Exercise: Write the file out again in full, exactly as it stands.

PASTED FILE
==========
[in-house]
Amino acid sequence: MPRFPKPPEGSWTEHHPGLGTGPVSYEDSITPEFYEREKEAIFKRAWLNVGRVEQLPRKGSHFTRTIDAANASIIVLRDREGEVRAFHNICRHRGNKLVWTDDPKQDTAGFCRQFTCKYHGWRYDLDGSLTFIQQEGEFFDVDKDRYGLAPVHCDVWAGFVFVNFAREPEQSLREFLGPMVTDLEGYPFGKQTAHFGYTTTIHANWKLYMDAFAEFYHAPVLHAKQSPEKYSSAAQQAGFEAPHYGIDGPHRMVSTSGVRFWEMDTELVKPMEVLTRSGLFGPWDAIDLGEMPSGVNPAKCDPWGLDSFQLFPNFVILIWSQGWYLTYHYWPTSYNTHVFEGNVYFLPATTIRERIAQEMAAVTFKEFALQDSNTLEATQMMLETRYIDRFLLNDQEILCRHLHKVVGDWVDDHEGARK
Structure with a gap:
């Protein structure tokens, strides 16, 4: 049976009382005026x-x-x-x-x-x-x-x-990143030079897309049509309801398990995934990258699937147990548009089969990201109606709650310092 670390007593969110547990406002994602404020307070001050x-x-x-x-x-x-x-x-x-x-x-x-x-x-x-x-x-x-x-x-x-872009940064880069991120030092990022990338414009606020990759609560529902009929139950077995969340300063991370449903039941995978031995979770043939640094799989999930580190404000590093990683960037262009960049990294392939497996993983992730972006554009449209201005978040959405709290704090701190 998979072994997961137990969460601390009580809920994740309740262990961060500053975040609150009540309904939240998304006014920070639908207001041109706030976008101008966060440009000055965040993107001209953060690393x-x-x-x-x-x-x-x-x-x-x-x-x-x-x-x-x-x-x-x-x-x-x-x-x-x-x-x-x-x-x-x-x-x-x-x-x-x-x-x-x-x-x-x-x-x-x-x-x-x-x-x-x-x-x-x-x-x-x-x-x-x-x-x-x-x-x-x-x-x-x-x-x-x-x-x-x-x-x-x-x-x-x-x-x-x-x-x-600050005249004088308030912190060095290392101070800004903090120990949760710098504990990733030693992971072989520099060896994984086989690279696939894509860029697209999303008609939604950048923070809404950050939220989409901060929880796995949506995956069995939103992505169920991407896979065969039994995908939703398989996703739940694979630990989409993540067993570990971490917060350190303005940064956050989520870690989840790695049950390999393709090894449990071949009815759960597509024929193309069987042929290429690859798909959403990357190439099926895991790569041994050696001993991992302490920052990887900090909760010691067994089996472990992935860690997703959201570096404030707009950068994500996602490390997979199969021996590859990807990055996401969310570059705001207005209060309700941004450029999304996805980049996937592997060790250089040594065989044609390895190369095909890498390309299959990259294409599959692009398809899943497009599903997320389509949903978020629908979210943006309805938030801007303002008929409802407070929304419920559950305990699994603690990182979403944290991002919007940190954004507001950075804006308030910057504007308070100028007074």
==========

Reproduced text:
[in-house]
Amino acid sequence: MPRFPKPPEGSWTEHHPGLGTGPVSYEDSITPEFYEREKEAIFKRAWLNVGRVEQLPRKGSHFTRTIDAANASIIVLRDREGEVRAFHNICRHRGNKLVWTDDPKQDTAGFCRQFTCKYHGWRYDLDGSLTFIQQEGEFFDVDKDRYGLAPVHCDVWAGFVFVNFAREPEQSLREFLGPMVTDLEGYPFGKQTAHFGYTTTIHANWKLYMDAFAEFYHAPVLHAKQSPEKYSSAAQQAGFEAPHYGIDGPHRMVSTSGVRFWEMDTELVKPMEVLTRSGLFGPWDAIDLGEMPSGVNPAKCDPWGLDSFQLFPNFVILIWSQGWYLTYHYWPTSYNTHVFEGNVYFLPATTIRERIAQEMAAVTFKEFALQDSNTLEATQMMLETRYIDRFLLNDQEILCRHLHKVVGDWVDDHEGARK
Structure with a gap:
């Protein structure tokens, strides 16, 4: 049976009382005026x-x-x-x-x-x-x-x-990143030079897309049509309801398990995934990258699937147990548009089969990201109606709650310092 670390007593969110547990406002994602404020307070001050x-x-x-x-x-x-x-x-x-x-x-x-x-x-x-x-x-x-x-x-x-872009940064880069991120030092990022990338414009606020990759609560529902009929139950077995969340300063991370449903039941995978031995979770043939640094799989999930580190404000590093990683960037262009960049990294392939497996993983992730972006554009449209201005978040959405709290704090701190 998979072994997961137990969460601390009580809920994740309740262990961060500053975040609150009540309904939240998304006014920070639908207001041109706030976008101008966060440009000055965040993107001209953060690393x-x-x-x-x-x-x-x-x-x-x-x-x-x-x-x-x-x-x-x-x-x-x-x-x-x-x-x-x-x-x-x-x-x-x-x-x-x-x-x-x-x-x-x-x-x-x-x-x-x-x-x-x-x-x-x-x-x-x-x-x-x-x-x-x-x-x-x-x-x-x-x-x-x-x-x-x-x-x-x-x-x-x-x-x-x-x-x-600050005249004088308030912190060095290392101070800004903090120990949760710098504990990733030693992971072989520099060896994984086989690279696939894509860029697209999303008609939604950048923070809404950050939220989409901060929880796995949506995956069995939103992505169920991407896979065969039994995908939703398989996703739940694979630990989409993540067993570990971490917060350190303005940064956050989520870690989840790695049950390999393709090894449990071949009815759960597509024929193309069987042929290429690859798909959403990357190439099926895991790569041994050696001993991992302490920052990887900090909760010691067994089996472990992935860690997703959201570096404030707009950068994500996602490390997979199969021996590859990807990055996401969310570059705001207005209060309700941004450029999304996805980049996937592997060790250089040594065989044609390895190369095909890498390309299959990259294409599959692009398809899943497009599903997320389509949903978020629908979210943006309805938030801007303002008929409802407070929304419920559950305990699994603690990182979403944290991002919007940190954004507001950075804006308030910057504007308070100028007074």